The United States Geological Survey recorded a Magnitude 4.7 Earthquake at a depth of 34.7 km beneath Lake Guozha, a glacial lake in the remote Kunlun Mountains of northeast Tibet, slightly before 9.30 pm local time (slightly before 1.30 pm GMT) on Wednesday 11 September 2013. Earthquakes of this size at this depth seldom lead to damage or injuries, and given the remote location of this quake, it is unlikely that it was noticed by anyone at all.
The approximate location of the 11 September 2013 Lake Gouzha Earthquake. Google Maps.
The Kunlun Mountains are located to the north of the Himalayas, and form the northern fringe of the Tibetan Plateau. These are ancient mountains formed by uplift and volcanic eruptions during the collision of the ancient continents of Cimmeria and Siberia during the closure of the Palaeotethys Ocean during the Late Triassic, part of the formation of the Pangean Supercontinent. However modern Earthquake activity in the area is caused by the uplift of the Tibetan Plateau, due to the impact of India into Eurasia to the south. he Indian Plate is moving northwards at a rate of 5 cm per year, causing it to impact into Eurasia, which is also moving northward, but only at a rate of 2 cm per year. The collision of the Indian and Eurasian plates has lead to the formation of the Himalayan Mountains, the Tibetan Plateau, and the mountains of southwest China, Central Asia and the Hindu Kush.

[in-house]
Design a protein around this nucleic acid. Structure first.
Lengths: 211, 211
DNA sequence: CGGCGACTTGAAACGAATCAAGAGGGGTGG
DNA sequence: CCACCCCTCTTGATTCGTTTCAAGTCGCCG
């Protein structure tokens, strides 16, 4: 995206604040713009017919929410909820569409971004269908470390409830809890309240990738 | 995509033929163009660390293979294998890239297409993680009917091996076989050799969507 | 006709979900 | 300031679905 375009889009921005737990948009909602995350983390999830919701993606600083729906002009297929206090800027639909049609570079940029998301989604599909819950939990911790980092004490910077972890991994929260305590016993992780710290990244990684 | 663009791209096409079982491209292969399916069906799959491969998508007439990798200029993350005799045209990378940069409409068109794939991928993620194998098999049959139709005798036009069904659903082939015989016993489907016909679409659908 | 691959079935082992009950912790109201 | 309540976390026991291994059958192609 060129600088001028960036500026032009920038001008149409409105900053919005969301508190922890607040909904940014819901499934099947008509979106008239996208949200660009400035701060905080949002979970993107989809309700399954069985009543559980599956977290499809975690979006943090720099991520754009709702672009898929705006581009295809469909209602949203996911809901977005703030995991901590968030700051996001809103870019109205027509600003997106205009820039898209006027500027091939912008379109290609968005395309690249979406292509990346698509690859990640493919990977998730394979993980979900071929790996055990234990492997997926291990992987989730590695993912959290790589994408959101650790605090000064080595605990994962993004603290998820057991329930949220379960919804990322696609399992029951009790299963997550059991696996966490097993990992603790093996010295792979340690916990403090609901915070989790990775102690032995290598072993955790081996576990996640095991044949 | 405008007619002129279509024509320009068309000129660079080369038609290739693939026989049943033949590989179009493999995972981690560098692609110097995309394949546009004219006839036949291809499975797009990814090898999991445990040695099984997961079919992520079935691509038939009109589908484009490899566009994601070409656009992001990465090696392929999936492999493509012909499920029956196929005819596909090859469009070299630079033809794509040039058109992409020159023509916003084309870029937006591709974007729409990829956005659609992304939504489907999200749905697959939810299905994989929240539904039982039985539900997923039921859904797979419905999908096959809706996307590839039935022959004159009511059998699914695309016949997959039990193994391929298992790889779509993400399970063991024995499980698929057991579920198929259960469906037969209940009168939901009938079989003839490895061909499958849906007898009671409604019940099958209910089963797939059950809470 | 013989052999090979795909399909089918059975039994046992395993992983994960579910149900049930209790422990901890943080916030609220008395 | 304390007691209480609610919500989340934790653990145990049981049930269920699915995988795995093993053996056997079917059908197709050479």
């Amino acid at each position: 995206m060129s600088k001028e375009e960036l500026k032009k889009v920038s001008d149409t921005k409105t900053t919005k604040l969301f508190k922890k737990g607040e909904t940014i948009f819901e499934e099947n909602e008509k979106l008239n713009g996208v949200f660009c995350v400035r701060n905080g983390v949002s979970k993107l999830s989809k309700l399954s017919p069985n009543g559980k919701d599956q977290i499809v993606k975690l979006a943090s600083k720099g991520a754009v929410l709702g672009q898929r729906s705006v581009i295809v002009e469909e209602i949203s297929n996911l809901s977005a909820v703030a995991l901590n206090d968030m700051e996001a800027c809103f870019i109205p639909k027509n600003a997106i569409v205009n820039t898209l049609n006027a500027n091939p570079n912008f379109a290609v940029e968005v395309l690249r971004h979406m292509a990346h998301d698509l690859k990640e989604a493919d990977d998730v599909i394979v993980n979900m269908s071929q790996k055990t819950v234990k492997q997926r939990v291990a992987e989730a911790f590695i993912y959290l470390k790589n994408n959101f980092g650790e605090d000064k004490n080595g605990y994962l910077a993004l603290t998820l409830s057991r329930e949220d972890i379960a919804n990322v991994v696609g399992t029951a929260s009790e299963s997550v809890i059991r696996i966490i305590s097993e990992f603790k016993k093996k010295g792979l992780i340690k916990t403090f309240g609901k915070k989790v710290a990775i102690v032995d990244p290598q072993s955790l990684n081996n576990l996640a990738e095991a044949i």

See also Magnitude 4.4 Earthquake in southern Himachal Pradesh, At least two people killed by Kashmir Earthquake, At least 12 fatalities after a Magnitude 5.6 Earthquake in eastern Afghanistan, Earthquake in Tajikstan and Magnitude 5.1 Earthquake in Western Tibet/Xizang.
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